FBI Special Agent Kimberly Quincy and Sergeant Detective D. D. Warren have built a task force to follow the digital breadcrumbs left behind by deceased serial kidnapper Jacob Ness. When a disturbing piece of evidence is discovered in the hills of Georgia, they bring Flora Dane and true-crime savant Keith Edgar to a small town where something seems to be deeply wrong. What at first looks like a Gothic eeriness soon hardens into something much more sinister…and they discover that for all the evil Jacob committed while alive, his worst secret is still to be revealed. Quincy and DD must summon their considerable skills and experience to crack the most disturbing case of their careers—and Flora must face her own past directly in the hope of saving others.

Multiple narrators tell the story in When You See Me: D. D. Warren, Kimberly Quincy, and Flora Dane take us into the deep and dark tale set in a small town in Georgia. A town surrounded by forests that feels familiar to Flora from her captivity with Jacob Ness.

I loved how the characters interacted with one another, one of my favorite aspects of this series. D. D. and Flora have a special connection because of Flora’s experiences with Jacob Ness. Flora also brings out the nurturing qualities in D. D.

A young girl unable to communicate is a victim in the mayor’s house, and as D. D. tries to help her, the girl opens up in small ways until there is finally a breakthrough for her. Plus, she helps by revealing information through her drawings.

Another brilliant and engaging book that earned five stars from me.



Laura is devastated when her husband dies, leaving her and their almost grown-up daughter, Tilly, alone. When the insurance company refuses to pay out, Laura is in danger of losing the house and has no choice but to seek help from elsewhere.

Oak Leaf Farm, a community that lives just outside of town, seems to be everything that Laura and Tilly need, so when this self-made family offer Laura the lifeline she’s been looking for she gratefully accepts.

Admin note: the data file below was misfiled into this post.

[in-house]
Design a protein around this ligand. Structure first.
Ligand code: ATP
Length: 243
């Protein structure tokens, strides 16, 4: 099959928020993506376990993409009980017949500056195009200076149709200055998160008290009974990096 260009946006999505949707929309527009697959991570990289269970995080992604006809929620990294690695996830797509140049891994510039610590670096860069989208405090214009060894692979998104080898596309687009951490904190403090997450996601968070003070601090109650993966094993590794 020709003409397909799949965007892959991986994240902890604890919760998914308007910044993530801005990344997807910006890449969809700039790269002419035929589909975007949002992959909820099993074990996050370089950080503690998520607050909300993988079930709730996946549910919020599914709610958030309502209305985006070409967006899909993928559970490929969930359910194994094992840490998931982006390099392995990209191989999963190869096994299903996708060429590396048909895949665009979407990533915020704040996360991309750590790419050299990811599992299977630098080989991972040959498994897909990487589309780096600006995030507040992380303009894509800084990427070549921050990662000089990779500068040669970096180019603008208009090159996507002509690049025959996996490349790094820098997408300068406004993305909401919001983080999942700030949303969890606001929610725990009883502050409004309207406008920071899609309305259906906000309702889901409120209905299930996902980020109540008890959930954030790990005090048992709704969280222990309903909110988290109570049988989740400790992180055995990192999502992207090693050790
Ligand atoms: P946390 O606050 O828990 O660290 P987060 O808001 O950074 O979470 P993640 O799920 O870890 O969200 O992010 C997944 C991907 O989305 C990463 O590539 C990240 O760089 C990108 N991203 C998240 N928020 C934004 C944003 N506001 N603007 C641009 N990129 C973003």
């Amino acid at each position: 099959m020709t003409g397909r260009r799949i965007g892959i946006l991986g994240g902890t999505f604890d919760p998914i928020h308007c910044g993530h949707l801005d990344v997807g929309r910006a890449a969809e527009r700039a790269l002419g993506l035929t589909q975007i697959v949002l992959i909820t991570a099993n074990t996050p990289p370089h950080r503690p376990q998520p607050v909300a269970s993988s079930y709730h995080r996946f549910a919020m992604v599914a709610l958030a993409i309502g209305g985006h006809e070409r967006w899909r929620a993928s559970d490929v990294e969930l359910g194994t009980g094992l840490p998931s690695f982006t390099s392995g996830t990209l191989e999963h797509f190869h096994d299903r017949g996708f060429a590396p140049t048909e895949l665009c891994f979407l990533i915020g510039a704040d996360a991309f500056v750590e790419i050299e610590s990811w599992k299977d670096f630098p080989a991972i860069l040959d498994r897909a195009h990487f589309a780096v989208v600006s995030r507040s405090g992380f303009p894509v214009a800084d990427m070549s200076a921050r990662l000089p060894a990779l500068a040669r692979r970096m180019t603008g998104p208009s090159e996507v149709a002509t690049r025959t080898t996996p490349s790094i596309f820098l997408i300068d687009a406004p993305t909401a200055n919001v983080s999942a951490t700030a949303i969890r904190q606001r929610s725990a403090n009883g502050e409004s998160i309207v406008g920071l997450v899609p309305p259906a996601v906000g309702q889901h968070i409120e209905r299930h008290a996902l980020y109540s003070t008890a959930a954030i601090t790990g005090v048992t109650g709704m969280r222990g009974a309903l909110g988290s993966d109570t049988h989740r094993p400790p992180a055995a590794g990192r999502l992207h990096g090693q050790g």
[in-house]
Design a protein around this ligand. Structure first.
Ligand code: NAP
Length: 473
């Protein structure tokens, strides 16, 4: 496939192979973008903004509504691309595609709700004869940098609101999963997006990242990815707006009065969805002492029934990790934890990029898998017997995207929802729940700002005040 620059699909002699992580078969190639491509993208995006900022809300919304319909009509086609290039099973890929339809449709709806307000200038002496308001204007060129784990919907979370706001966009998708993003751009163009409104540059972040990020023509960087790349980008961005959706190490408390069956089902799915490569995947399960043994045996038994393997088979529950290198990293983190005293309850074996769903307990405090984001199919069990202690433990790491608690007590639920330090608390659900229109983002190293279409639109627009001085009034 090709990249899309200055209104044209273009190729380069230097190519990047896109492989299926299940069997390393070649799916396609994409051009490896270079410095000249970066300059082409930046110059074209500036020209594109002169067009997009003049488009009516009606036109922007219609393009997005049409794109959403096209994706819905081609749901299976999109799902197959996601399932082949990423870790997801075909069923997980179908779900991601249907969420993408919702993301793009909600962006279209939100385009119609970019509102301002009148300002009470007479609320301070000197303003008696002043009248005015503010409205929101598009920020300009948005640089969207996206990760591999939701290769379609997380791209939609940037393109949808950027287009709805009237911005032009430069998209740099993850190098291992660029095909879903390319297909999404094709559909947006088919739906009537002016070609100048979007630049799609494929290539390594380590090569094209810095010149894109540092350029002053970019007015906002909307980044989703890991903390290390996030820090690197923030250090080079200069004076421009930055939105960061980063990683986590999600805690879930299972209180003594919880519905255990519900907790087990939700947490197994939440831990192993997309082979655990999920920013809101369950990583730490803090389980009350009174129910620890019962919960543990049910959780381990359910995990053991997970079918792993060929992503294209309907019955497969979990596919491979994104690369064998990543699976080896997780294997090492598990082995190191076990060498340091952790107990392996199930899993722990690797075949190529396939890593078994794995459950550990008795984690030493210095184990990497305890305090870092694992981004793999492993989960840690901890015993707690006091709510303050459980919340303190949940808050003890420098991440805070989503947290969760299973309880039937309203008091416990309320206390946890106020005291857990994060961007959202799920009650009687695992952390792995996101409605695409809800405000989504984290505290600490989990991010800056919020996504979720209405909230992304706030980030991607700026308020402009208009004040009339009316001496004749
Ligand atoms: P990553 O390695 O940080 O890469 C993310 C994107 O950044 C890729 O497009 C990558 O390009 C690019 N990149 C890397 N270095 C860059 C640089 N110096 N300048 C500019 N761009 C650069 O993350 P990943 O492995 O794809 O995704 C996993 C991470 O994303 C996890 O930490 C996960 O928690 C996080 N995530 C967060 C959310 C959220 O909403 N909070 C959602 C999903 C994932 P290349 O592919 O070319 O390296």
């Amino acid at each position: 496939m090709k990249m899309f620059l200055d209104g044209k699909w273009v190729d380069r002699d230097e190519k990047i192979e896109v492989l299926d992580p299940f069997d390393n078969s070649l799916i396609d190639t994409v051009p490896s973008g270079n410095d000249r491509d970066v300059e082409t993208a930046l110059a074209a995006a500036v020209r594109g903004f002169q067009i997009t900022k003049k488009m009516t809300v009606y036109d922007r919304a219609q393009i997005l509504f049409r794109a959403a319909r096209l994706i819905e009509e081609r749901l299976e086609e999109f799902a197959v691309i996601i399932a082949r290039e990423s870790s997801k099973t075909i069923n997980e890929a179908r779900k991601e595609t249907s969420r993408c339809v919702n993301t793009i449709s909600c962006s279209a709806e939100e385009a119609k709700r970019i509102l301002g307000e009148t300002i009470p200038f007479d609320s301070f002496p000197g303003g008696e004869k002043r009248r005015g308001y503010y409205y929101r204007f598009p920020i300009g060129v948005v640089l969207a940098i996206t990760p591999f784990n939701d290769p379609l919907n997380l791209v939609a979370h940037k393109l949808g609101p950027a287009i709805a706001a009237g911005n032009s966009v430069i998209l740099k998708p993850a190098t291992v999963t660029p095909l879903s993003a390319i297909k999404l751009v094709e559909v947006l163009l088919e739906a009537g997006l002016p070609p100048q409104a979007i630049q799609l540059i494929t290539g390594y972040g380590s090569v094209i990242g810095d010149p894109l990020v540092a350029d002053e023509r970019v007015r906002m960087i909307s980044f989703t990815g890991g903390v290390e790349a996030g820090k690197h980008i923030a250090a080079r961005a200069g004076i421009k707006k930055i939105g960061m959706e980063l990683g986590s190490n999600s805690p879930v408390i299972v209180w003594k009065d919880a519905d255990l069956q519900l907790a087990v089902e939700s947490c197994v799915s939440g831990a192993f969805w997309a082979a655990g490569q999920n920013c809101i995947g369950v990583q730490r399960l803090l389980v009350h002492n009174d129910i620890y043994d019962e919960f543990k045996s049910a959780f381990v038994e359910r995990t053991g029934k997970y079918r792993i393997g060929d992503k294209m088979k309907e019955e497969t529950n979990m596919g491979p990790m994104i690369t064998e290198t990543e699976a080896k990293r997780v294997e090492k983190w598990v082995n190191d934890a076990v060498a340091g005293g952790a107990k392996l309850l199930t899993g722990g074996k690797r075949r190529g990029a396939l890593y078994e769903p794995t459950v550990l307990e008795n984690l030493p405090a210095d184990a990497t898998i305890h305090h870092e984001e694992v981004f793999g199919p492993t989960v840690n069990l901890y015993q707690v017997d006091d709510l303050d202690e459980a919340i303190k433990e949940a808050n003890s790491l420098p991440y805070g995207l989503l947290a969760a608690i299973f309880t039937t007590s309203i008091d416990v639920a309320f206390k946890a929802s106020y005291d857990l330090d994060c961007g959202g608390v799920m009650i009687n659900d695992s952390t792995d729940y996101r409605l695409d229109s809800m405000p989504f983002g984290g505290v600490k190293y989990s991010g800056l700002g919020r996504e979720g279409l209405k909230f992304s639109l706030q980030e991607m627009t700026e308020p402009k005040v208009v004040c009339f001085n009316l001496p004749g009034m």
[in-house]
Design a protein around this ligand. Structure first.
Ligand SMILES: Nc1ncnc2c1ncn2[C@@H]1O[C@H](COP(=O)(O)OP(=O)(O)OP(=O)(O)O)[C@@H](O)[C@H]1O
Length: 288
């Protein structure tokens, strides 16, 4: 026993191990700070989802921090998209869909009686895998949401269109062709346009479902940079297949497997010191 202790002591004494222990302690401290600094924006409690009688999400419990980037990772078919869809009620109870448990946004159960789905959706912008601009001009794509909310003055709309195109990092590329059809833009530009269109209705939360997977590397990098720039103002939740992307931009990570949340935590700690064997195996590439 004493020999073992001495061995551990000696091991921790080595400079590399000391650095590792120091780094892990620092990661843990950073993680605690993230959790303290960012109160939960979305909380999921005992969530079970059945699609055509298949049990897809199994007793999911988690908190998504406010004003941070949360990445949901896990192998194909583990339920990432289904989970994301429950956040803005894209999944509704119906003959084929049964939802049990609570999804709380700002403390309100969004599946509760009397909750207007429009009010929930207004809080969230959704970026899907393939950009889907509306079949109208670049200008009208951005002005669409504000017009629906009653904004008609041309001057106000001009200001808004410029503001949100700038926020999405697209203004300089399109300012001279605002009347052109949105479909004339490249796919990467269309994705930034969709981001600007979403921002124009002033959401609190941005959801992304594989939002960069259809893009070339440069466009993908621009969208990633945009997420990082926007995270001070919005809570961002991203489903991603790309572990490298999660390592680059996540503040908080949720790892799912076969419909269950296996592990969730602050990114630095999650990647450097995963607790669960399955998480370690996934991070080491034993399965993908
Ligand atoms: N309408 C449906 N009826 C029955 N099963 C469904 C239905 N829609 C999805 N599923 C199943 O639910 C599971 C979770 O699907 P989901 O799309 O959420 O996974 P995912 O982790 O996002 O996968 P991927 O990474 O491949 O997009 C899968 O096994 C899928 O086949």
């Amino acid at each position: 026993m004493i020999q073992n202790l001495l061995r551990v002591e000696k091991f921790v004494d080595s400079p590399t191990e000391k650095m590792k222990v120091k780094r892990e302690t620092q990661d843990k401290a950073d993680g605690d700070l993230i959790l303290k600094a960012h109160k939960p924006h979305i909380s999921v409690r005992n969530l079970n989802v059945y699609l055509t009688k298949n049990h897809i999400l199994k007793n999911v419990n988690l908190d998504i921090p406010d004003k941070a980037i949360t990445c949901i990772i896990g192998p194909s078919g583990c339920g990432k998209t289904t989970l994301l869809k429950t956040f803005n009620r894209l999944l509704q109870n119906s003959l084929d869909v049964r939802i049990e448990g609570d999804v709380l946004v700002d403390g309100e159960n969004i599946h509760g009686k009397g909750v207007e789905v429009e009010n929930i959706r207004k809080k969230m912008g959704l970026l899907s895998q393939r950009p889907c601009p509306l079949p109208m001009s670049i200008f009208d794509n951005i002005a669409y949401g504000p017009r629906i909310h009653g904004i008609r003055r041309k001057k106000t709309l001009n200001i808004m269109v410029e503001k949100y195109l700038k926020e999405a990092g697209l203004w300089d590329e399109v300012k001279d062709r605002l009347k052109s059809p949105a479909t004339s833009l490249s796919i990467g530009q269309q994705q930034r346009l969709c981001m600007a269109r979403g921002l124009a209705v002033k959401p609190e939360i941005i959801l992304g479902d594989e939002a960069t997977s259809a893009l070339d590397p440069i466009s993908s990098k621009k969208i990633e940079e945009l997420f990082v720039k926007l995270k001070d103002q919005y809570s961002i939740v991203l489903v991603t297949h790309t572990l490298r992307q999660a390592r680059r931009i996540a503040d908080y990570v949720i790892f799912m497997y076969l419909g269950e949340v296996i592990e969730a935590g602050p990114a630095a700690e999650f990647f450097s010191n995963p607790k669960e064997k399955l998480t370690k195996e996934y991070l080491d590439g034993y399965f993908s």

But all is not right on the farm and when both Laura and Tilly are drawn to the community’s handsome and charismatic leader, mother and daughter find themselves on opposite sides of the battle lines…


When a ready-made family and community are offered to Laura and Tilly, red flags appeared, reminding me that such an apparent solution could be anything but the answer they need.

Each of the community members offer apparent friendship and help, but it didn’t take long to realize that the fear Laura is beginning to feel is probably warranted.

The Family offered up many plausible twists and turns, so that by the end, I knew that there were so many evil possibilities that I couldn’t stop reading. 4 stars.







When Mabel Dagmar, an ordinary girl, first met the privileged blue blood Genevra Winslow, the most relevant thing about her was how little she noticed Mabel. As if she were simply an annoyance to bear. Or an item of furniture, something she could overlook. Since Ev was her college roommate, Mabel tried to find a way to coexist with the strange girl.

So when Genevra (Ev) made an overture, offering an invitation to a special event, Mabel didn’t know what to make of it; she did notice, however, how Ev’s moods changed from dark to light, and that her occasional invitations afterwards were unpredictable. But the “intermittent reinforcement” had definitely hooked Mabel.

The invitation to the Winslow family summer retreat at their Vermont estate seemed almost like a gift that could then be quickly withheld. And what Ev did in the subsequent weeks, as Mabel found herself in the middle of a privileged world, was true to form. She alternately snarled, scowled, and withheld her attention, and then drew Mabel back to her with one kind gesture. To say she was spoiled and entitled would be an understatement. I did not like anything about this character, even though I realized that her parents had had a role in creating this behavior.

Because Ev was often unavailable, both physically and emotionally, Mabel found her own way among the family members, and developed a unique relationship with Ev’s aunt, Indo, an eccentric woman who made an unusual request.

Narrated in Mabel’s first person voice, the reader is drawn into the story, seeing the privileged world through Mabel’s eyes…and wanting to warn her as she becomes more and more hooked on the feelings this world engenders. Our narrator tells the story as if looking back on this time and these events. There is a sense of loss about her tale. And all the while, she, too, has a dark secret.

What did Mabel discover about the Winslows? How did what she learned change everything about her summer and her life? Did she rise above the evil she had inadvertently become a part of? And who would be an unexpected ally in the end?

Bittersweet: A Novel was a story about a family so dysfunctional that one would have to look very hard to find anything good about it. How Mabel turned things around in the end brought a satisfying conclusion to the dark and twisted history of this family. 5.0 stars.